Teacher's Pup

September 21, 2018
CANINE CARE Student Abby Walker, 13, cuddles a rescue dog.
COURTESY NORTH SHORE ANIMAL LEAGUE AMERICA

“Hi, Brody! Hi, Shelby!” Abby Walker says as she enters her principal’s office. Brody, a mix of Labrador retriever, Great Dane, and German shepherd, runs toward her. Shelby, a border collie mix, is also eager to be petted.

Abby, 13, is a student at Shell Bank, a junior high school in Brooklyn, New York. Brody belongs to Principal Teri Ahearn, and Shelby belongs to a teacher. It’s July, and even though Abby is off for summer break, she likes to visit the pups. They’re at the school year-round. “When I was new to Shell Bank in sixth grade, it was hard to settle down,” Abby told TIME for Kids. “But once I met the dogs, they relaxed me, and they helped me meet new people.”

BACK RUBS A student at Shell Bank, in Brooklyn, New York, pets a relaxed Brody.

STEPHEN BLUE FOR TIME FOR KIDS

Class Pets

Teachers at Shell Bank use Brody and Shelby as part of the Mutt-i-grees Curriculum. The program brings canines into classrooms. Yale University’s School of the 21st Century and the Pet Savers Foundation, a division of New York’s North Shore Animal League America, created Mutt-i-grees in 2010. The curriculum is designed to help students develop empathy and build positive relationships, and it uses dogs to teach important lessons.

“Dogs can teach you how to read emotion,” Matia Finn-Stevenson says. She is the director of the School of the 21st Century. She says the curriculum trains students to look at a dog’s body language to understand how the animal feels. “Students ask themselves, ‘Is the dog wagging its tail? Is it shaking? And what does this show about the dog’s emotions?’ You can apply this skill to people, too,” Finn-Stevenson explains. “By learning how to read a dog’s body language, you can learn how to read people’s body language and see how they feel.”

Mutt-i-grees also teaches the importance of rescuing pets from animal shelters (see sidebar, "By the Numbers"). Often, pets end up at shelters because they are lost, abandoned, or surrendered by an owner who can no longer care for them. Brody and Shelby were adopted from a shelter. They have found a happy home at Shell Bank. “The dogs have made kids feel better about themselves and feel better about school,” Principal Ahearn says.

LESSONS ON A LEASH Students at Fenway High School, in Boston, learn empathy from dogs.

COURTESY MAXIMILLIAN EISENBERG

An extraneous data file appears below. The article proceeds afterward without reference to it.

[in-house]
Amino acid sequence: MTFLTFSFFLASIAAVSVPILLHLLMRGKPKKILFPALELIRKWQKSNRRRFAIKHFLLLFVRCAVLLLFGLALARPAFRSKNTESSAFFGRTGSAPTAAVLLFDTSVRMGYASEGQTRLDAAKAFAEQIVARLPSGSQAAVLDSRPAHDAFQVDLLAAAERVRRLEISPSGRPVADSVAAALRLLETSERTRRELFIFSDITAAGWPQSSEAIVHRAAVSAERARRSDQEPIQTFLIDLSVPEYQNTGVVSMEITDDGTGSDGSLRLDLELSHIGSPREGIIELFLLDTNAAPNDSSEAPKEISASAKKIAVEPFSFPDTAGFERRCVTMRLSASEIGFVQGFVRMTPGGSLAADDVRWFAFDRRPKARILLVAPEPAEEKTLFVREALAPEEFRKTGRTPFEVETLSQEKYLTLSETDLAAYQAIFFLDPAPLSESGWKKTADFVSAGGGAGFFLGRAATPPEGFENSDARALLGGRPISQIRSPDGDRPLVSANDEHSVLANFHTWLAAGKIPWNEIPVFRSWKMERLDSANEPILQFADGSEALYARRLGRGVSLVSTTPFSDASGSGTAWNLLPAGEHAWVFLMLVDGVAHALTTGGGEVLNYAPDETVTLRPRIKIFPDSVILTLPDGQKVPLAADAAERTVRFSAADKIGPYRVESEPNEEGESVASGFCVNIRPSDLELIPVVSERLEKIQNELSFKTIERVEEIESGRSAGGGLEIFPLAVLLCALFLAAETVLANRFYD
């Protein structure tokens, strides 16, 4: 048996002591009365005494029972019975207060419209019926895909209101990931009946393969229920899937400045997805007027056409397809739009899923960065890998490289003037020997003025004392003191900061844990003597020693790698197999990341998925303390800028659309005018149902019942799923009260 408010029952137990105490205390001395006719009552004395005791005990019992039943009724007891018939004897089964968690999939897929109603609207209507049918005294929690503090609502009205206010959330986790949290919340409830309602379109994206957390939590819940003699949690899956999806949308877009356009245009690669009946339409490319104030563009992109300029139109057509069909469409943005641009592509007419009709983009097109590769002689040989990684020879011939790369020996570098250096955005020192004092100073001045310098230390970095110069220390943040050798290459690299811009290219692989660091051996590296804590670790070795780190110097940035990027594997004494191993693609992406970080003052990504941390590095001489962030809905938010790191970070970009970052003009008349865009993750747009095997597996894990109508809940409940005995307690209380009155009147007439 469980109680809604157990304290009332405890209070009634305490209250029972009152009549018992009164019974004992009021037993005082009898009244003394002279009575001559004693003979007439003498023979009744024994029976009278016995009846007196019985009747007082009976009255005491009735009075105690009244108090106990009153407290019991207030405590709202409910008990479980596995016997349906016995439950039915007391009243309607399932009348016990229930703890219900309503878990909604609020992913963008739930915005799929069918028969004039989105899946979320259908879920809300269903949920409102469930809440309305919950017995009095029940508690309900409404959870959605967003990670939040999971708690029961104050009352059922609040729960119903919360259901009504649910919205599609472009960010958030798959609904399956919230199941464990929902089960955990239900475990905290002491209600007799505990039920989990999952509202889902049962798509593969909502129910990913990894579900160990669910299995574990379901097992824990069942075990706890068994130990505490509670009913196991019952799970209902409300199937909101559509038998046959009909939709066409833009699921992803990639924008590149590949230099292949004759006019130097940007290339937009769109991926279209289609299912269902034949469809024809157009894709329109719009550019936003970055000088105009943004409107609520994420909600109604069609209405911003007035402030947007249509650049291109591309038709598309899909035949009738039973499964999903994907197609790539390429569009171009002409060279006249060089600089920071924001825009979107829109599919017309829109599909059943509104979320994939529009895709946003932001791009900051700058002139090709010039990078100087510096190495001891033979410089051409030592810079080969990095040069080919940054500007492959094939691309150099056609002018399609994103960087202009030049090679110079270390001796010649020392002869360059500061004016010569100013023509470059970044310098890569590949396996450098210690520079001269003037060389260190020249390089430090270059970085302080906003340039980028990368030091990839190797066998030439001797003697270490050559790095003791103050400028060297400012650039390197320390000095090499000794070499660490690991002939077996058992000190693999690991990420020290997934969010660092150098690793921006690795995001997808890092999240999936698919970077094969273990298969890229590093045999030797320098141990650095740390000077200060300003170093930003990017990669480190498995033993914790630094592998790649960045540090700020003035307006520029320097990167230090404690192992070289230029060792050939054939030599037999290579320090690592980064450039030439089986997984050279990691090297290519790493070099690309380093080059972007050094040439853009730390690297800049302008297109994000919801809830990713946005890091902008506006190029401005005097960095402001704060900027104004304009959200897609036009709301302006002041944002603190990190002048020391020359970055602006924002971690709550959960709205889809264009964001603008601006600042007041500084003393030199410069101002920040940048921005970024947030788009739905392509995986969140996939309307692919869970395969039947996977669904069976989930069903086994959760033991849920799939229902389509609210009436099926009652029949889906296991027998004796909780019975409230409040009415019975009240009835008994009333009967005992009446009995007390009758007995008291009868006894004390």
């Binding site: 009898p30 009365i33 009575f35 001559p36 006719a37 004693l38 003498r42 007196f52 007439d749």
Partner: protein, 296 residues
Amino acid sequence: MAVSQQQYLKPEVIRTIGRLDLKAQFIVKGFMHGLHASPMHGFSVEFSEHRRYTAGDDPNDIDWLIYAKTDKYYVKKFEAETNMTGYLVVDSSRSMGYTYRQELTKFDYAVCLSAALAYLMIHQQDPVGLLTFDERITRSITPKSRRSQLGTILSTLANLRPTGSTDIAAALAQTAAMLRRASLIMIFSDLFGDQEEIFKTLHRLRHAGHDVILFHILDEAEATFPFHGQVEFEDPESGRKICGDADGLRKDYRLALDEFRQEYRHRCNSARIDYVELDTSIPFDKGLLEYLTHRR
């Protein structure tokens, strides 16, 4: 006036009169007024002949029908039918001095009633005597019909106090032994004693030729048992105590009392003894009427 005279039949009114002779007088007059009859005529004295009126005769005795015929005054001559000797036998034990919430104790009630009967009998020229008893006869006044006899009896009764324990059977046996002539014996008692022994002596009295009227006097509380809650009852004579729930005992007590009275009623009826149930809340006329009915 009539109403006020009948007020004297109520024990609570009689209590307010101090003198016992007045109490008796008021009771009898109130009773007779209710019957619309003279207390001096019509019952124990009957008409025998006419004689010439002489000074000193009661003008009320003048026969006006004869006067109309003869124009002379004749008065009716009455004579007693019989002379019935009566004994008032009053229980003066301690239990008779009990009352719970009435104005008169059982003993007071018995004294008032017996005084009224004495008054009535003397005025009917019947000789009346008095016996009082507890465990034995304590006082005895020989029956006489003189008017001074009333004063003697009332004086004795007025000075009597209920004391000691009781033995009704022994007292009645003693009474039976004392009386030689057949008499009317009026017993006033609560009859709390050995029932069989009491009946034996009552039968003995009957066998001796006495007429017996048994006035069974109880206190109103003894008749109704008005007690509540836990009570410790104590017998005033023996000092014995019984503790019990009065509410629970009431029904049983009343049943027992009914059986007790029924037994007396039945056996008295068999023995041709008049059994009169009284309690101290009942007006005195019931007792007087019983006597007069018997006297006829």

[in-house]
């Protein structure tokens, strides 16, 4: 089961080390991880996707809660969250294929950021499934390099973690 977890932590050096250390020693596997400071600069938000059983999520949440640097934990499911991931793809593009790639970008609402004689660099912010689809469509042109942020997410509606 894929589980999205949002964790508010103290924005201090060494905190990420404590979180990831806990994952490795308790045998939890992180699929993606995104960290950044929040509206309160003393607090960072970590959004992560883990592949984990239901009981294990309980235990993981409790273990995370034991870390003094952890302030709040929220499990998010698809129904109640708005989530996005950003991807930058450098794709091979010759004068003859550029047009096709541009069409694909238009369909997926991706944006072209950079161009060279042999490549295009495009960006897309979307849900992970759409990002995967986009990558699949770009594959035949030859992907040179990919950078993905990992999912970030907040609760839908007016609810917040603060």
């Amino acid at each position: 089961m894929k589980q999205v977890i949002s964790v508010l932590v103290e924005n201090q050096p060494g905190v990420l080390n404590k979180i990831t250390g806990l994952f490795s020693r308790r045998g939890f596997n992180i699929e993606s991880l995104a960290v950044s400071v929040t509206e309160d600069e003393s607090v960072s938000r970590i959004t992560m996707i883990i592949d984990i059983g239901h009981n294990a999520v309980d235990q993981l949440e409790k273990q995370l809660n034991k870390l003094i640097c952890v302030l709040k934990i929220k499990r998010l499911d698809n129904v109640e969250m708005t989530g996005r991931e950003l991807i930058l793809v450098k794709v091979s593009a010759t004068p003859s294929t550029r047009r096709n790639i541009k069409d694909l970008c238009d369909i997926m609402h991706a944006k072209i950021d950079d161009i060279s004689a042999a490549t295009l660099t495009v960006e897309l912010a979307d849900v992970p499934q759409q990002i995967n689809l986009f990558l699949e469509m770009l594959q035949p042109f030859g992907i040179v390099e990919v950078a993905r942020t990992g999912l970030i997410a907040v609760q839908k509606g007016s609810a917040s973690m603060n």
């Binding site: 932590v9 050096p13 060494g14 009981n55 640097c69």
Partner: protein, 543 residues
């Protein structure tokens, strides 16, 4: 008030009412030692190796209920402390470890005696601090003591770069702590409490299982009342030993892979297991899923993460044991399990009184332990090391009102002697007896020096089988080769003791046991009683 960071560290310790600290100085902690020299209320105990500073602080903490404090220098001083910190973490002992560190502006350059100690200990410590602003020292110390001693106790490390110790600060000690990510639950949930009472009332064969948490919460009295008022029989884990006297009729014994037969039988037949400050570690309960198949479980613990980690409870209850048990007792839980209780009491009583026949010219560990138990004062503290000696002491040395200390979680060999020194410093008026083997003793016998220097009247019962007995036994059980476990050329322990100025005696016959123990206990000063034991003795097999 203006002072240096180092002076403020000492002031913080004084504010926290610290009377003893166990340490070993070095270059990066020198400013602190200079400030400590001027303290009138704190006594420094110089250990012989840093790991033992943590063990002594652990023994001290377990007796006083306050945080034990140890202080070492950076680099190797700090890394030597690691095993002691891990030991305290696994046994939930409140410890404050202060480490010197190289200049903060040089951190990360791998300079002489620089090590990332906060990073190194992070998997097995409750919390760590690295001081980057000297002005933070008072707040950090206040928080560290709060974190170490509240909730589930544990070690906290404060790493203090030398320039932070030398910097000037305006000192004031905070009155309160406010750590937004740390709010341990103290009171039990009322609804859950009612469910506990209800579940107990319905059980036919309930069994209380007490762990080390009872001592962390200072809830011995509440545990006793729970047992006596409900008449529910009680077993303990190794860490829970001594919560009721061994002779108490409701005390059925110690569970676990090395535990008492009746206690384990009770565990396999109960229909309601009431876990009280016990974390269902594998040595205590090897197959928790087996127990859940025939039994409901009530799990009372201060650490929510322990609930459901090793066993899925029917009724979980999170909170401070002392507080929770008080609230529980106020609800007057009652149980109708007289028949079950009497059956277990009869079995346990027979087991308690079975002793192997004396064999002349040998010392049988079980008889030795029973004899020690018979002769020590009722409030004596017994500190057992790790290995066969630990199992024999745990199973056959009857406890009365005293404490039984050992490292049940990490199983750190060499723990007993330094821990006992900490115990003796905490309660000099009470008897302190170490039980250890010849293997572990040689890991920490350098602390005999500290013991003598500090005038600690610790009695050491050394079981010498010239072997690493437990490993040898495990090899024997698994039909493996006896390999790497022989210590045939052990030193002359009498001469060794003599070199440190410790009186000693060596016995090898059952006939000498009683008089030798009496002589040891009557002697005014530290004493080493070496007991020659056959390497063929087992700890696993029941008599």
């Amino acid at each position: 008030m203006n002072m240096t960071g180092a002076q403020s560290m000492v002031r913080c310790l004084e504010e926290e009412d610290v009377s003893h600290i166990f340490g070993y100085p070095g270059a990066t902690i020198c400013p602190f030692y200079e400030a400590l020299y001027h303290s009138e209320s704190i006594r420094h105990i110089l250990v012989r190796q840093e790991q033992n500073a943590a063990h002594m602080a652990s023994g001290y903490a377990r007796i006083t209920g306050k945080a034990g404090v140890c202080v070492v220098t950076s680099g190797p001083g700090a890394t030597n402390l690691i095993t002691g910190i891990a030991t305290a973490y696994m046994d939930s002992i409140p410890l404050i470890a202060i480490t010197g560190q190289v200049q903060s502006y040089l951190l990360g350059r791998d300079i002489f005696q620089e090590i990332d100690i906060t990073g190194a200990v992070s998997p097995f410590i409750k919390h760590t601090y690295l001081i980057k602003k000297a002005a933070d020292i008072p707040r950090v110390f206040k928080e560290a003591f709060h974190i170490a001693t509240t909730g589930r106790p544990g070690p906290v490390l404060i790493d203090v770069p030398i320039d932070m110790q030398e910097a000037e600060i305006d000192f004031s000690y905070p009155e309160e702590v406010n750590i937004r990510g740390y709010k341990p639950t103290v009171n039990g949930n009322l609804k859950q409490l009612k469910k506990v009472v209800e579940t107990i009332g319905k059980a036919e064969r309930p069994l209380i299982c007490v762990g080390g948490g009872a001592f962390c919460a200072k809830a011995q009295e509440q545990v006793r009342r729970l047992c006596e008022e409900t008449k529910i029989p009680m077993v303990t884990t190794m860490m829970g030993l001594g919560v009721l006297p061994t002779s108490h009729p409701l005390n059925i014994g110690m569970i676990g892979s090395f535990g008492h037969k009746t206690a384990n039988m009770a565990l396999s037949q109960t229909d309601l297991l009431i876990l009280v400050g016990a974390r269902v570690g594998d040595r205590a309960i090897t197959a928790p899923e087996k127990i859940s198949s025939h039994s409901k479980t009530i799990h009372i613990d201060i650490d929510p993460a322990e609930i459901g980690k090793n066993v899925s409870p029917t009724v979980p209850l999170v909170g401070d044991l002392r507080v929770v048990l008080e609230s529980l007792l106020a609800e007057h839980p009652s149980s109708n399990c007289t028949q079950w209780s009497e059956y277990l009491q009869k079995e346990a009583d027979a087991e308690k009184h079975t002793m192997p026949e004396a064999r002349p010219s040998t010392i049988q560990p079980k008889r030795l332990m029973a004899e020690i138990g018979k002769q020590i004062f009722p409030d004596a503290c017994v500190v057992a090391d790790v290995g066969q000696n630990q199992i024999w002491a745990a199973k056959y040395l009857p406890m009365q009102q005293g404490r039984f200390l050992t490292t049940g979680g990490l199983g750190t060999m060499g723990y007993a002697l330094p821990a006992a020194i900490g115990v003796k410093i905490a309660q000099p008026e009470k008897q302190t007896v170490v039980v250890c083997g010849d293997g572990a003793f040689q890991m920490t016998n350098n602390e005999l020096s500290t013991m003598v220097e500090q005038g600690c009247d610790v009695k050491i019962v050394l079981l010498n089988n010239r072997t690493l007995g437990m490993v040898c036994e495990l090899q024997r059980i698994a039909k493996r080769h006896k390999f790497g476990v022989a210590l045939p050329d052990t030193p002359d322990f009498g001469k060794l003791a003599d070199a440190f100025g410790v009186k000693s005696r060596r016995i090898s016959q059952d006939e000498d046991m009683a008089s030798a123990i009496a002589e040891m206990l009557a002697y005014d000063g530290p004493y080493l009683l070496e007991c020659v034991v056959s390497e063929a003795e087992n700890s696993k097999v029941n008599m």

A School’s Best Friend

More than 4,000 schools, libraries, and community centers across the United States and Canada teach the Mutt-i-grees Curriculum. In Lemay, Missouri, Marion Endress, a teacher at Hancock Place Elementary, uses her own rescue dog, Desi, to lead lessons in compassion. “Before Desi was adopted, he was treated badly,” Endress says. “My students and I discuss the consequences of bullying and how we can prevent bullying with the people in our lives, too.”

Mutt-i-grees also encourages kids to support shelters and the animals they care for. Shell Bank, for example, organized a fundraising effort. Sal Amato, 15, says, “We raised $500 and used it to buy food for the pets.”

Sal recently graduated from Shell Bank. Like Abby, he still visits his furry friends, Brody and Shelby. Mutt-i-grees has helped him feel more motivated to do well in school. “My grades have gone up,” Sal says as he pets the friendly mutts. “And it’s all because of these guys.”

PUPPY LOVE A rescue pup gets a hug at Stepping Stones Museum for Children, in Connecticut.

COURTESY MAXIMILLIAN EISENBERG

By the Numbers

Each year, millions of pets end up in animal shelters. The numbers below show the extent of the problem. They also offer hope: Each year, more than 1 million dogs are rescued and wind up in loving homes. Don’t worry, cat fanciers. The figure is the same for felines.

  • Approximately 6.5 million companion animals enter U.S. animal shelters every year.

  • Of those, around 3.3 million are dogs.

  • An estimated 1.6 million dogs are adopted from shelters every year.

Stop & Think! Whom did the author interview for the article? What perspective does each bring to the story? If you could hear from more people, who would they be, and why?

Assessment: Click here for a printable quiz. Teacher subscribers can find the answer key in this week's Teacher's Guide.